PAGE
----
June 15, 2015 Packard Campus Theater Features Live Music, Adventure and Classic Films

Press Contact: Sheryl Cannady (202) 707-6456
Public Contact: Rob Stone (202) 707-0851

The Paul Reisler Trio—with Reisler on guitar, Marshall Keys on sax and vocalist Lea Morris—will bring its jazz-folk-soul fusion music to the Library of Congress Packard Campus Theater stage in Culpeper, Virginia, on July 11.

Brian Taves, Library of Congress archivist and author of the recently released "Hollywood Presents Jules Verne,” will present three features adapted from Verne novels: the rarely seen crime comedy “The Southern Star,” the Academy Award-winning “Around the World in 80 Days,” and Disney’s live-action fantasy adventure “In Search of the Castaways.”

An evening of classic jazz performances, curated and preserved by the Library’s video- preservation specialists, includes such legendary musicians as Billie Holiday, Louis Armstrong, John Coltrane and Miles Davis. Captured on both film and videotape, clips featured in the program date from the 1940s to the 1980s.

Short subjects will be presented before select programs. Titles are subject to change without notice. Screenings at the Packard Campus are preceded by an informative slide presentation about the film, with music selected by the Library’s Recorded Sound Section.

All Packard Campus programs are free and open to the public, but children 12 and under must be accompanied by an adult. Seating at the screenings is on a first-come, first-serve basis. For general Packard Campus Theater information, call (540) 827-1079 ext. 79994 or (202) 707-9994 during regular business hours. For further information on the theater and film series, visit www.loc.gov/avconservation/theater/. In case of inclement weather, call the theater information line no more than three hours before showtime to confirm cancellations.

The Library of Congress Packard Campus for Audio Visual Conservation is a state-of-the-art facility funded as a gift to the nation by the Packard Humanities Institute. The Packard Campus is the site where the nation’s library acquires, preserves and provides access to the world’s largest and most comprehensive collection of motion pictures, television programs, radio broadcasts and sound recordings (www.loc.gov/avconservation). The Packard Campus is home to more than 7 million collection items. It provides staff support for the Library of Congress National Film Preservation Board (www.loc.gov/film), the National Recording Preservation Board (www.loc.gov/rr/record/nrpb) and the national registries for film and recorded sound.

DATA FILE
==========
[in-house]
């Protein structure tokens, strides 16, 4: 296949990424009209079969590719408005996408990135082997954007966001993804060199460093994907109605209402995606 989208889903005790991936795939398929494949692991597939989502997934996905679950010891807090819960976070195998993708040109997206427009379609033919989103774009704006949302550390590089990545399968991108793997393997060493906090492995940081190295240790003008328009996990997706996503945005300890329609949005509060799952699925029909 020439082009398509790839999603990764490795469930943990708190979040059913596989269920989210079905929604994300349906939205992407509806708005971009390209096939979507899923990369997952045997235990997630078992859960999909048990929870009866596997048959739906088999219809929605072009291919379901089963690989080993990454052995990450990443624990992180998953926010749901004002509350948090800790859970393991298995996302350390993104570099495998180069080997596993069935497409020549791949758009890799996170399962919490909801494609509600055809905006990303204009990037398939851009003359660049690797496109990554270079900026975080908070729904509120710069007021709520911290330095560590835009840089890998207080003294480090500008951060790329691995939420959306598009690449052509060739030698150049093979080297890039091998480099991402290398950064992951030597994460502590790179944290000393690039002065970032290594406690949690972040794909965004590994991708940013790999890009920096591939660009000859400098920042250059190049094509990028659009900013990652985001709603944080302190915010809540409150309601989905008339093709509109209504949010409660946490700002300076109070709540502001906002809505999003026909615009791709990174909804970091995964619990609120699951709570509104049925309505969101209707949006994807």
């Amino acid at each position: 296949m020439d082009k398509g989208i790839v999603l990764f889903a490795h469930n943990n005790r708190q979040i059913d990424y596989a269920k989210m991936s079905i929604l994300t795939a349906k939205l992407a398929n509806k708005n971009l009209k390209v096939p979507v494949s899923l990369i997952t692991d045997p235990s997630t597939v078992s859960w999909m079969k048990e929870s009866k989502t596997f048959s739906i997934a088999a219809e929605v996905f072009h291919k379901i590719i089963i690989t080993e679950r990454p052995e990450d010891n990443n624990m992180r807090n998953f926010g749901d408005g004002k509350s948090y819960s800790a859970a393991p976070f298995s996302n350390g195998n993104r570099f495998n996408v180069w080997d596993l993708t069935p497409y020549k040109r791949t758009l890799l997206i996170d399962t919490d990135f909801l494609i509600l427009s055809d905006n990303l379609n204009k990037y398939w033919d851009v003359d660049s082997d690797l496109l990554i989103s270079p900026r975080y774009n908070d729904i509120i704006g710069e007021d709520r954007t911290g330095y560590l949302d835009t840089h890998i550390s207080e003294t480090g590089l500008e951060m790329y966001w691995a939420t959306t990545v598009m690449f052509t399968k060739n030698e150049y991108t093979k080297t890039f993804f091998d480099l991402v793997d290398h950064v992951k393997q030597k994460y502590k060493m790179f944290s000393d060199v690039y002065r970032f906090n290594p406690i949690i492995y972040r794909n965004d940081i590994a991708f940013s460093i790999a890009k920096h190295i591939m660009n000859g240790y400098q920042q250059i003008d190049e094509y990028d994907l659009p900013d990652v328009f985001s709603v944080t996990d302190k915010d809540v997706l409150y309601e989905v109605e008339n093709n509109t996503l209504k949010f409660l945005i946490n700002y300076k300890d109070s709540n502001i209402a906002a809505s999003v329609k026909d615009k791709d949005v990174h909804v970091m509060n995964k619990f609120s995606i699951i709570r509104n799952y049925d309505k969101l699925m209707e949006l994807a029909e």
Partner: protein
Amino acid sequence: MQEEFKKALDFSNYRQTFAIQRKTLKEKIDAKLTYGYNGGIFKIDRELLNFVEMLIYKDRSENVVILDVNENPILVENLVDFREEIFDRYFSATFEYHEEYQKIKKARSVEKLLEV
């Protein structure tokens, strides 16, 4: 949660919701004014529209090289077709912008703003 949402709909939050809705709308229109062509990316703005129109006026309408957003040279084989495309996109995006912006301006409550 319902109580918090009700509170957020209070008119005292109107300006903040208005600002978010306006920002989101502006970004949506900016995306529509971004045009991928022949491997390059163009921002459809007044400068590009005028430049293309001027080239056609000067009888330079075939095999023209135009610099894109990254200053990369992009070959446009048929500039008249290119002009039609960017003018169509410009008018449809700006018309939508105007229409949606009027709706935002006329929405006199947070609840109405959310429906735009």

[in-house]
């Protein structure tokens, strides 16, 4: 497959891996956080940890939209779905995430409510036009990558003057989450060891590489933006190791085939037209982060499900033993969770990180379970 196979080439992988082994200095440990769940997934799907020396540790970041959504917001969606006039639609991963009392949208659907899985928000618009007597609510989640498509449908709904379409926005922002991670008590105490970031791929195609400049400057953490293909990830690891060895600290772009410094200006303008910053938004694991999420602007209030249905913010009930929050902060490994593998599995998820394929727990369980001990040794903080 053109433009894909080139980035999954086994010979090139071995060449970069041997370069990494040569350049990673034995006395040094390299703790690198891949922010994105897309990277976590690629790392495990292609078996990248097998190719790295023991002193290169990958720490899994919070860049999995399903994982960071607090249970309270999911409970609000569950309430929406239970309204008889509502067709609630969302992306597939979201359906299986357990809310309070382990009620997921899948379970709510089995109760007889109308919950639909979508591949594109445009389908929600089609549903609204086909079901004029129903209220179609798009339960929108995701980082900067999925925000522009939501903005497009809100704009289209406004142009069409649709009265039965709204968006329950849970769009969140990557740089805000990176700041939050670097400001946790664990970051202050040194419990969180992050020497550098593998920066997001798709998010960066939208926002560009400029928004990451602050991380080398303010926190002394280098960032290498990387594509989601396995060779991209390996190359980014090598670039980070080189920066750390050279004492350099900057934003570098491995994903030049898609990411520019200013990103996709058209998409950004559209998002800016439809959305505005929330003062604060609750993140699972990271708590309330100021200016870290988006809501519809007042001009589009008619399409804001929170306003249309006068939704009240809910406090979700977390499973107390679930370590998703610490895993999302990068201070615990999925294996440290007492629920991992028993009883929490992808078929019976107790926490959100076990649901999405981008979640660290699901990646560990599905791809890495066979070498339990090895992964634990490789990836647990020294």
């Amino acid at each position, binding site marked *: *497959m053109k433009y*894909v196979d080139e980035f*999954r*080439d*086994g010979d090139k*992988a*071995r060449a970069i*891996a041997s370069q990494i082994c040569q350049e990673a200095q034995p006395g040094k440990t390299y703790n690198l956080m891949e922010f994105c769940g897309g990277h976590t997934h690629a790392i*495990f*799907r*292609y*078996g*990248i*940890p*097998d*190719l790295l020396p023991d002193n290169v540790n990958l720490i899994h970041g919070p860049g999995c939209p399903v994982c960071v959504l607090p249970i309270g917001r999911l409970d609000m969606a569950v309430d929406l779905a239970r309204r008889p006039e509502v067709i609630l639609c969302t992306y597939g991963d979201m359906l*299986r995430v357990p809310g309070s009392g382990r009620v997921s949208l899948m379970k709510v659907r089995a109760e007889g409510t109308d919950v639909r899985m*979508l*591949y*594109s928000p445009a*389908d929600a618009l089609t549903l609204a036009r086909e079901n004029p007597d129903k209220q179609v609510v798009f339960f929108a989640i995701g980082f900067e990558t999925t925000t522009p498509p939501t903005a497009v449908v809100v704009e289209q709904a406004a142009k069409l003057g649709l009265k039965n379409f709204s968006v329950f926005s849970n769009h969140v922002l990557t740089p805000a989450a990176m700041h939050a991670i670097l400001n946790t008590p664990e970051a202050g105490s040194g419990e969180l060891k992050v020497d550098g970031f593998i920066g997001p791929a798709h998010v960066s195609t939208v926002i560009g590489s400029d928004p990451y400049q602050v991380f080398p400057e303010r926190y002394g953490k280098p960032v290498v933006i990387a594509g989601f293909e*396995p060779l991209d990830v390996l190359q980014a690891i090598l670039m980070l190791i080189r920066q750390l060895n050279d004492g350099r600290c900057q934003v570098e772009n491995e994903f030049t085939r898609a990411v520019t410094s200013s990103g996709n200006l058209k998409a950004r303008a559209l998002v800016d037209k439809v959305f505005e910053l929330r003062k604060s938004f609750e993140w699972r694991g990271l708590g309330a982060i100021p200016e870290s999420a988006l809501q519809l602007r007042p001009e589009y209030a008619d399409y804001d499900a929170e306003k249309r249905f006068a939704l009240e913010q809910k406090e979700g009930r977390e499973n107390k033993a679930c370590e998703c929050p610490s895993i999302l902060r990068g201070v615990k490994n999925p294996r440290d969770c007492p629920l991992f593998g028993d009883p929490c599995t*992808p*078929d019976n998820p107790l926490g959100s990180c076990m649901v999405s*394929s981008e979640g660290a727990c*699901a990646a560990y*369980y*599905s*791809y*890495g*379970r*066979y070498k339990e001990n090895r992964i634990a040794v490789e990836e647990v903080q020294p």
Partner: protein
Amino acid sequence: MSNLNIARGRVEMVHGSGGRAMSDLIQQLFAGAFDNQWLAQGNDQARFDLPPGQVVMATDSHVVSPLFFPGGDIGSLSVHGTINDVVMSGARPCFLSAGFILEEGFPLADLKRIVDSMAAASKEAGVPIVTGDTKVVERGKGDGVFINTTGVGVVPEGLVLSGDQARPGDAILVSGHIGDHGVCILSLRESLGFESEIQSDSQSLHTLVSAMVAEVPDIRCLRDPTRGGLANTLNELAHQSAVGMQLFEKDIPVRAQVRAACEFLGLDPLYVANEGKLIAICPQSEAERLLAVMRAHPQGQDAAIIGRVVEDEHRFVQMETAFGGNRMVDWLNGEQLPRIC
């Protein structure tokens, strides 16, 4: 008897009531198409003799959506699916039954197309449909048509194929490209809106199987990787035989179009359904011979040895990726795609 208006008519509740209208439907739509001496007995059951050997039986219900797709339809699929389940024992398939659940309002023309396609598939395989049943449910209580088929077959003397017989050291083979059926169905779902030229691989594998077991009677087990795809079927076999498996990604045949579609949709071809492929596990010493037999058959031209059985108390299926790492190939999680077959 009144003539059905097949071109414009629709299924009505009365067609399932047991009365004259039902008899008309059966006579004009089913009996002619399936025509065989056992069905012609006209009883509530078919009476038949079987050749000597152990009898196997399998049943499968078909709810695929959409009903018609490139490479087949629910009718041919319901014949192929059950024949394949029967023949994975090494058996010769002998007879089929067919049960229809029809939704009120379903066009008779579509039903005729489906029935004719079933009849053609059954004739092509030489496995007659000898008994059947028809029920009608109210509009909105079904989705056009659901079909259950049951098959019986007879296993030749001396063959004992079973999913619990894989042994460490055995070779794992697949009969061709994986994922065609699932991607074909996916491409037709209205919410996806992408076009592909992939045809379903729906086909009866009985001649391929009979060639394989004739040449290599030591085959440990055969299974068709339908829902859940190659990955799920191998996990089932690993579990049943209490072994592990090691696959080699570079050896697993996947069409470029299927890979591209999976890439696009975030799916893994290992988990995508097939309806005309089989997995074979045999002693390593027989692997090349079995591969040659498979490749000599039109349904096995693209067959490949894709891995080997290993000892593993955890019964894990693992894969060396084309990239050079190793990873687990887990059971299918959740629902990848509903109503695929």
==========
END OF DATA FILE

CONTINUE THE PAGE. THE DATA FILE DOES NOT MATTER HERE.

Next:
Founded in 1800, the Library of Congress is the nation’s oldest federal cultural institution. It seeks to spark imagination and creativity and to further human understanding and wisdom by providing access to knowledge through its magnificent collections, programs, publications and exhibitions. Many of the Library’s rich resources can be accessed through its website at www.loc.gov.

Library of Congress Packard Campus Theater Schedule

Thursday, July 2 (7:30 p.m.)
Rambo Double Feature
“First Blood”
(Orion, 1982 *R-rated)
Sylvester Stallone portrays troubled Vietnam vet John Rambo, who—after being harassed and arrested by police in a small town—escapes into the woods and launches a war against the offending sheriff and his men. Rambo’s former commanding officer, Col. Samuel Trautman (Richard Crenna) is brought in to help defuse the situation. Ted Kotcheff directed this psychological action thriller, which was a great commercial success despite mixed reviews. Now regarded by many as an underrated and influential cult film in the action genre, “First Blood” spawned three sequels, all co-written by and starring Stallone.
* No one under the age of 17 will be admitted without a parent or guardian.

“Rambo: First Blood Part II” (Tristar Pictures, 1985 *R-rated)
Picking up where “First Blood” left off, John Rambo is released from prison by the government for a top-secret mission to document the possible existence of POWs in Vietnam. Although he is told to only photograph where the POWS are being held, Rambo—with the aid of female Vietnamese freedom fighter Co Bao—embarks on a mission to rescue the prisoners. Richard Crenna returns as Col. Samuel Trautman in this blockbuster action film, directed by George Cosmatos.